"Prier, Pensir, Agir" ~~ Pray, Think, Do ~~ A Presbyterian Pastor's Blog
I've always hated this idea. I hate it even more now that I have a son. I guess you do what you have to do, but that doesn't make it feel any better.
It broke my heart! Especially when 09/11 happened and we went into war against Iraq. Several of his good high school friends (earning money for college by joining the Reserves)got deployed. I praise God, in a selfish way, that we were able to afford college tuition for him, but my heart breaks for all the others.
I just lived through this myself, last June. We had several long talks about it. We are as conflicted as we can be. Like you, we are citizens, and this is one things that citizens do. (Well, 49% of them, anyway.)But in the end, it was his decision, and we could not do it for him, but did encourage him to follow the law. He put it off, and did not do it until he got a few pointed reminders from Selective Service. But he's legal now.
We had to register Levi last July. It kind of made me sick at my stomach. Actually at one point in his life he really wanted to go to the military but when he was 17 we found out that he has a slight heart problem, not enough to be life threatening but hopefully enough to keep him out of the miliatry. (that is my wish -not his).
in Finland you don't sign up - it's automatic and all young men (unless exempted) have to do military service. The only way not to is to leave the country and not return until you turn 30. Most don't choose that option. (It may be deferred for a while for studies but no later than aged 26!)That said, I can only imagine how hard it is for you, esp with the USA at war right now. interesting what cheesehead said that you can't make sons register. I guess if they don't it's they themselves who 'pay the price' whatever that may be - but that's heartbreaking too.bless you all - my son is 16 later this year. Luckily driving license is at 18 here, so while that means still two more years taxiing him (4 more for DD) but that is another hurdle we have to face at 18. (and it's SO expensive here too!)
It has always struck me as gender discrimination that boys are forced into this and not girls. With women fully into the military now, it seems harsh. I'm a pacifist anyway, so I'm not all gungho military, but it has always surprised me that girls are not similarly required.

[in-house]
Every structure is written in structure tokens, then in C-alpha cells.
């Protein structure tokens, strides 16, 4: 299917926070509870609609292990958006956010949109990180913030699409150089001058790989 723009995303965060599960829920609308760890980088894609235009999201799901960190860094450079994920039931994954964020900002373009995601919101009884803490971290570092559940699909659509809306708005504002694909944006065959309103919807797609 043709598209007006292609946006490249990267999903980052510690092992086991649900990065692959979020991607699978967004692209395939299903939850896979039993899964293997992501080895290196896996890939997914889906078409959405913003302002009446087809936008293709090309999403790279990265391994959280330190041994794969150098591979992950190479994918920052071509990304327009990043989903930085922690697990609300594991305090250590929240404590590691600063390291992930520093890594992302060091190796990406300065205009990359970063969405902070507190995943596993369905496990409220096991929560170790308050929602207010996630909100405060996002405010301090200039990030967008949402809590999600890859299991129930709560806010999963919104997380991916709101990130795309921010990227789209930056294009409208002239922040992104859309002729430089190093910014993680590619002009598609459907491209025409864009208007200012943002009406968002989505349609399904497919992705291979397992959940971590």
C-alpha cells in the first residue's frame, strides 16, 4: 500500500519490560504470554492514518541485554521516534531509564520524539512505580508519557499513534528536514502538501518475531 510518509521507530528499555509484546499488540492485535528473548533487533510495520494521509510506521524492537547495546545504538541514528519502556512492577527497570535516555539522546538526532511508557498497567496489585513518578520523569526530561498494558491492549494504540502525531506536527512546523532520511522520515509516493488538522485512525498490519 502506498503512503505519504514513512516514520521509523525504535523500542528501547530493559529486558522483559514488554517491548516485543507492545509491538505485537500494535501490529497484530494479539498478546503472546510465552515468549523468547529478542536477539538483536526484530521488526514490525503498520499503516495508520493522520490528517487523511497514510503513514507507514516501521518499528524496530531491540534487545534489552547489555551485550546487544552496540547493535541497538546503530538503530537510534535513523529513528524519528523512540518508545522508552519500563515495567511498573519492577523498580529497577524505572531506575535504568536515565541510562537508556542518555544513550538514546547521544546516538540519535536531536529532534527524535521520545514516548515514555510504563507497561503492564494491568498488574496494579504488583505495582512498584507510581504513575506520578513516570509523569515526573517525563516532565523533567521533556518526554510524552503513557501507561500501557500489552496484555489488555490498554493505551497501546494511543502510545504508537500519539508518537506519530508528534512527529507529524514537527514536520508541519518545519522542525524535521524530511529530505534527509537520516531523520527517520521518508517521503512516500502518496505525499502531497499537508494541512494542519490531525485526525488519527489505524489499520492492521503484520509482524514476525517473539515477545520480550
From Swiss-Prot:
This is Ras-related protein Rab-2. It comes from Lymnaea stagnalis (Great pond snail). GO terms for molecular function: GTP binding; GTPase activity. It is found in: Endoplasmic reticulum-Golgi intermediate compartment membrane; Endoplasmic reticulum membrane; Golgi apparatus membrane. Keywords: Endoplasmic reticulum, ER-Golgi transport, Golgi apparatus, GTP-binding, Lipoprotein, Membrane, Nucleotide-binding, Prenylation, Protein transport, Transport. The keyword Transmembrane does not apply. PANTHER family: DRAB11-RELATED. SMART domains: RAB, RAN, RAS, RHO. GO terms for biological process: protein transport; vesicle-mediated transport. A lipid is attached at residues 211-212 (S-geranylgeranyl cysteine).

I totally agree with PPB. I think girls should have to register, too. I'll never forget when my beloved high-school boyfriend was turning 18. He was definitely a pacifist. He asked what I thought he should do....I said I thought he should register. After he did it we cried.
I also agree that if we are going to compel young men to register, we ought to compel young women, too. I am in favor of some sort of community service for all young people, but I believe that unless we are under direct threat (in other words, not now!), service in the military should be elective. #1 Son registered almost two years ago. I remember thinking that he was too blind (20/400) to be of much use in combat. I was much more emotional about my younger son and began encouraging him to become a fine clarinet player, one fit for the Army, Navy or Air Force Band. That's my version, I suppose, of saying I would help him skip the country, and perhaps proves that no matter how idealistic we are, most of us will think up some way to defend our own young ones from harm.
My son is still pride of the registeration card he recieved a year ago. He had to remind me that he needed to register. Not that I forgot but I had mixed emotions about it. I agree with the others, girls should also have to register.
Both my sons registered and it distressed me no end, even though things weren't as fraught as they are now. StrongOpinions would concur that girls like her should be under the same obligation as her brothers, but she would be more vocal in opposition to ANYONE registering and would be more likely to head up to Canad or find some kind of alternative service. Misery no matter what.
I'm late to this, but my oldest son turns 18 this spring. He has told me he will register, but he is also looking into making his conscientious objector status official.
Do they still tie registration to eligibility for federal grant/loan money for college? That's what really torqued me when I was that age--that less afluent kids were put in an awkward position on this which wealthier kids could avoid.
Post a Comment